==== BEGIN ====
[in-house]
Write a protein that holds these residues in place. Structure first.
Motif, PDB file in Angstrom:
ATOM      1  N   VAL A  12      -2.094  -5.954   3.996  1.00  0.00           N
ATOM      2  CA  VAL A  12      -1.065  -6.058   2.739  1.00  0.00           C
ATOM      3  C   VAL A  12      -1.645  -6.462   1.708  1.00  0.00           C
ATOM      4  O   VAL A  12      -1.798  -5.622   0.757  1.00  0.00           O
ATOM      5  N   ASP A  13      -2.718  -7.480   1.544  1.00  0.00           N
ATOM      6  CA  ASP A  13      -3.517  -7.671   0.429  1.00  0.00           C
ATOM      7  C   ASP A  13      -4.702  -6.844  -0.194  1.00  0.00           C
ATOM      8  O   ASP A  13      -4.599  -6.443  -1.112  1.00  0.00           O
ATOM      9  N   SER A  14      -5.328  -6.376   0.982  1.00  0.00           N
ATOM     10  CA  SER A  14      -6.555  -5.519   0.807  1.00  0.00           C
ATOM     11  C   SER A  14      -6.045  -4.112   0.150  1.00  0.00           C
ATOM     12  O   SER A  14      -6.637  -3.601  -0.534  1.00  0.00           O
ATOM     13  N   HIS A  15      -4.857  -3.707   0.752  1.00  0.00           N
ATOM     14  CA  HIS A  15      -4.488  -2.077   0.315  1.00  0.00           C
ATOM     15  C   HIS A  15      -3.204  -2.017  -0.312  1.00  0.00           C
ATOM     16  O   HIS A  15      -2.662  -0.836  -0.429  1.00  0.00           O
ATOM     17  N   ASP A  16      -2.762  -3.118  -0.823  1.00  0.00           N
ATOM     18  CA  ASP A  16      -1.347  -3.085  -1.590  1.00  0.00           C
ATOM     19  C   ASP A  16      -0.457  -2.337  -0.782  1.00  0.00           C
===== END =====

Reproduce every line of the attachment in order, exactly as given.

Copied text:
[in-house]
Write a protein that holds these residues in place. Structure first.
Motif, PDB file in Angstrom:
ATOM      1  N   VAL A  12      -2.094  -5.954   3.996  1.00  0.00           N
ATOM      2  CA  VAL A  12      -1.065  -6.058   2.739  1.00  0.00           C
ATOM      3  C   VAL A  12      -1.645  -6.462   1.708  1.00  0.00           C
ATOM      4  O   VAL A  12      -1.798  -5.622   0.757  1.00  0.00           O
ATOM      5  N   ASP A  13      -2.718  -7.480   1.544  1.00  0.00           N
ATOM      6  CA  ASP A  13      -3.517  -7.671   0.429  1.00  0.00           C
ATOM      7  C   ASP A  13      -4.702  -6.844  -0.194  1.00  0.00           C
ATOM      8  O   ASP A  13      -4.599  -6.443  -1.112  1.00  0.00           O
ATOM      9  N   SER A  14      -5.328  -6.376   0.982  1.00  0.00           N
ATOM     10  CA  SER A  14      -6.555  -5.519   0.807  1.00  0.00           C
ATOM     11  C   SER A  14      -6.045  -4.112   0.150  1.00  0.00           C
ATOM     12  O   SER A  14      -6.637  -3.601  -0.534  1.00  0.00           O
ATOM     13  N   HIS A  15      -4.857  -3.707   0.752  1.00  0.00           N
ATOM     14  CA  HIS A  15      -4.488  -2.077   0.315  1.00  0.00           C
ATOM     15  C   HIS A  15      -3.204  -2.017  -0.312  1.00  0.00           C
ATOM     16  O   HIS A  15      -2.662  -0.836  -0.429  1.00  0.00           O
ATOM     17  N   ASP A  16      -2.762  -3.118  -0.823  1.00  0.00           N
ATOM     18  CA  ASP A  16      -1.347  -3.085  -1.590  1.00  0.00           C
ATOM     19  C   ASP A  16      -0.457  -2.337  -0.782  1.00  0.00           C